• Completion of country and sector level risk assessments and risk management plans in 7 countries to inform their respective country development plans—Armenia, Azerbaijan, Bhutan, Georgia, India, Kyrgyz Republic, and Nepal
  • Preparation of project-level risk assessments and risk management plans for 30 projects in Southeast Asia, 25 projects in South Asia, and 12 projects in the Pacific. Plans were also prepared for projects in Azerbaijan, Pakistan, the People’s Republic of China (PRC), and Uzbekistan.
  • Organization of capacity development activities for project agencies, their officials and administrators, including training on ADB’s procurement, financial management, and safeguards procedures in Fiji, Kiribati, Papua New Guinea, Samoa, Solomon Islands, and Tonga.
  • Effective oversight of the plan’s implementation by the Governance Thematic Group, including the conduct of peer reviews of 11 public sector management loans/grants and 13 projects.

Read the 2013 Accomplishment Report

Results areas and priority themes

The Governance and Anti-Corruption Action Plan targets four key result areas:

  • Improve identification and management of governance, institutional, and corruption risks in country development plans
  • Strengthen governance and anticorruption components in project and project design
  • Strengthen program and project administration and portfolio management
  • Improve organizational structure, human resources, and access to expertise

The plan outlines a comprehensive risk-based approach focused on three governance themes that cut across development sectors and government levels:

  • improving public financial management
  • strengthening procurement systems
  • combating corruption

These three priority themes are critical to development assistance effectiveness and poverty reduction, and relevant to a significant proportion of ADB’s lending and projects.

Managing risks

Sound public financial management, transparent procurement, and effective corruption prevention measures provide a solid foundation for strong state institutions. ADB adopts a risk-based approach in managing governance and corruption risks, which are also considered opportunities for capacity development, in these three priority themes.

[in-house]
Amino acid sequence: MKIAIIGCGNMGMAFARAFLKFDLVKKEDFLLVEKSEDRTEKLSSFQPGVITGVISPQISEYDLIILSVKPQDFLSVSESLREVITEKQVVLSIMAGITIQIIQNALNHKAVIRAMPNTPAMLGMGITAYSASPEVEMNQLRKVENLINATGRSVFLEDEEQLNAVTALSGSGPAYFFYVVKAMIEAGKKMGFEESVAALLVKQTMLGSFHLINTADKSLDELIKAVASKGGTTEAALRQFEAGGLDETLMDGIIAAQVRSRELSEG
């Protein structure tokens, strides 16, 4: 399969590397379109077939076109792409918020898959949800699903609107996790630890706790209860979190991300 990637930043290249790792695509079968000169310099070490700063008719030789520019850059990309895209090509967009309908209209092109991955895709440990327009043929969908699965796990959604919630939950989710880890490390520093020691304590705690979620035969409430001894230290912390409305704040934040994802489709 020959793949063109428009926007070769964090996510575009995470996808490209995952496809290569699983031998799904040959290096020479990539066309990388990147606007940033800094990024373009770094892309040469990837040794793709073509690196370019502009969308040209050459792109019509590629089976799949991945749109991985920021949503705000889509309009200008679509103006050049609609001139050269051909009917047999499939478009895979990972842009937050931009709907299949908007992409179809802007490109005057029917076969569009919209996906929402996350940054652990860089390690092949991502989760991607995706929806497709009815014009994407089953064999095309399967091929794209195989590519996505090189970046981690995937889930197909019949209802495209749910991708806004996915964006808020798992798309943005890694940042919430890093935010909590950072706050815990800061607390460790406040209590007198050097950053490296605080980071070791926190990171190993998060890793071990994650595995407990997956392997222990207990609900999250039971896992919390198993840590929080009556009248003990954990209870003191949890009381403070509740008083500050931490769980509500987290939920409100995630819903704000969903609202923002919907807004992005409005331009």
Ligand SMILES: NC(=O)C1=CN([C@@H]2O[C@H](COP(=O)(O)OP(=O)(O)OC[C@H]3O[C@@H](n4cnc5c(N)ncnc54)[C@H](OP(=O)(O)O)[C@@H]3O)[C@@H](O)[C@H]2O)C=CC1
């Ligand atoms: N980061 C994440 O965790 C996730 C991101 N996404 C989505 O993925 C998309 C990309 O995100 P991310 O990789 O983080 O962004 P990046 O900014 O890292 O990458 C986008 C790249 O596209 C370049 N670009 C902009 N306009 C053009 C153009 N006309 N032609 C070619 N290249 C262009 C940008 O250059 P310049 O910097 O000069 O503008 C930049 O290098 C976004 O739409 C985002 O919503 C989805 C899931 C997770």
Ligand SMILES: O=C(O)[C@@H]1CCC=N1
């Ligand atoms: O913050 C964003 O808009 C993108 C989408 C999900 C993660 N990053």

The Governance and Anti-Corruption Action Plan requires ADB and its members to assess risks the priority themes and the measures needed to manage such risks, prior to formulation of country development plans. Sector risk assessments should cover corruption risks for the private sector. It also requires mid-term reviews and updates of risk assessments and risk management plans.

The plan emphasizes the involvement of civil society organizations to provide oversight and promote links between ADB member governments and citizens to strengthen participation and improve accountability. It also encourages working with other development institutions in developing innovative interventions to meet the unique needs of ADB members and specific sectors.

The risk-based approach allows ADB to channel resources and expertise to countries or sectors where ensuring the effectiveness of development assistance can be challenging.

Implementation and review

Implementation of Governance and Anti-Corruption Action Plan requires concerted efforts among many departments and units within ADB. Changes in institutional processes and internal capacity development activities have added value to ADB’s governance and anti-corruption work.

A 2013 review of the plan’s implementation noted accomplishments in the four key results areas and provided an outlook and future focus.

Implementing the recommendations put forward by the 2013 review is a corporate priority. Revised staff guidance on implementing the plan was completed in 2014 to assist regional departments strengthen the quality of risk assessment and risk management plans. The Governance Thematic Group continues to take the lead in promoting governance issues in ADB’s development work operations and coming up with initiatives that strengthen the plan’s implementation.

Read the Governance and Anticorruption Plan

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Policy Foundation

ADB has learned through decades of experience that sustainable development depends on good governance. In 1995, ADB became the first multilateral development bank to adopt a Governance Policy to help enhance governance quality in its member countries. An Anticorruption Policy was approved in 1998 to ensure that development is not derailed by corrupt practices. Together, these two policies serve as the bedrock of ADB’s work on governance and development in the region.

Governance policy

ADB's Governance Policy guides the organization's work in enhancing governance quality in developing member countries. It defines four elements of good governance.